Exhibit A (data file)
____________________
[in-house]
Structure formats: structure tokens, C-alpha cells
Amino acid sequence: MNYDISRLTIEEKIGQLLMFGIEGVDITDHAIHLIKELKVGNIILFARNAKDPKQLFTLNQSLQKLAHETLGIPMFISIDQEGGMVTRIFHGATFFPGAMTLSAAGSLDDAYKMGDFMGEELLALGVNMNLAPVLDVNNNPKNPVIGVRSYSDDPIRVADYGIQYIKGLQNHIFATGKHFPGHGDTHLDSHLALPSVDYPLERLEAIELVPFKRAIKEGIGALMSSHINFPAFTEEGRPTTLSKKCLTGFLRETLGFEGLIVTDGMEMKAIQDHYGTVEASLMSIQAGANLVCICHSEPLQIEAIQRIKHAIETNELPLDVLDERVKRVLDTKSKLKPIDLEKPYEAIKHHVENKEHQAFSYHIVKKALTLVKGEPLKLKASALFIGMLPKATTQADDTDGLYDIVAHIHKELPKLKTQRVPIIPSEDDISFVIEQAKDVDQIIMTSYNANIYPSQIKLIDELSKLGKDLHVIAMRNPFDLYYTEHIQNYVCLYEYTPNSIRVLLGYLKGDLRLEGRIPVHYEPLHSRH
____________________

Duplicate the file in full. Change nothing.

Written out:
[in-house]
Structure formats: structure tokens, C-alpha cells
Amino acid sequence: MNYDISRLTIEEKIGQLLMFGIEGVDITDHAIHLIKELKVGNIILFARNAKDPKQLFTLNQSLQKLAHETLGIPMFISIDQEGGMVTRIFHGATFFPGAMTLSAAGSLDDAYKMGDFMGEELLALGVNMNLAPVLDVNNNPKNPVIGVRSYSDDPIRVADYGIQYIKGLQNHIFATGKHFPGHGDTHLDSHLALPSVDYPLERLEAIELVPFKRAIKEGIGALMSSHINFPAFTEEGRPTTLSKKCLTGFLRETLGFEGLIVTDGMEMKAIQDHYGTVEASLMSIQAGANLVCICHSEPLQIEAIQRIKHAIETNELPLDVLDERVKRVLDTKSKLKPIDLEKPYEAIKHHVENKEHQAFSYHIVKKALTLVKGEPLKLKASALFIGMLPKATTQADDTDGLYDIVAHIHKELPKLKTQRVPIIPSEDDISFVIEQAKDVDQIIMTSYNANIYPSQIKLIDELSKLGKDLHVIAMRNPFDLYYTEHIQNYVCLYEYTPNSIRVLLGYLKGDLRLEGRIPVHYEPLHSRH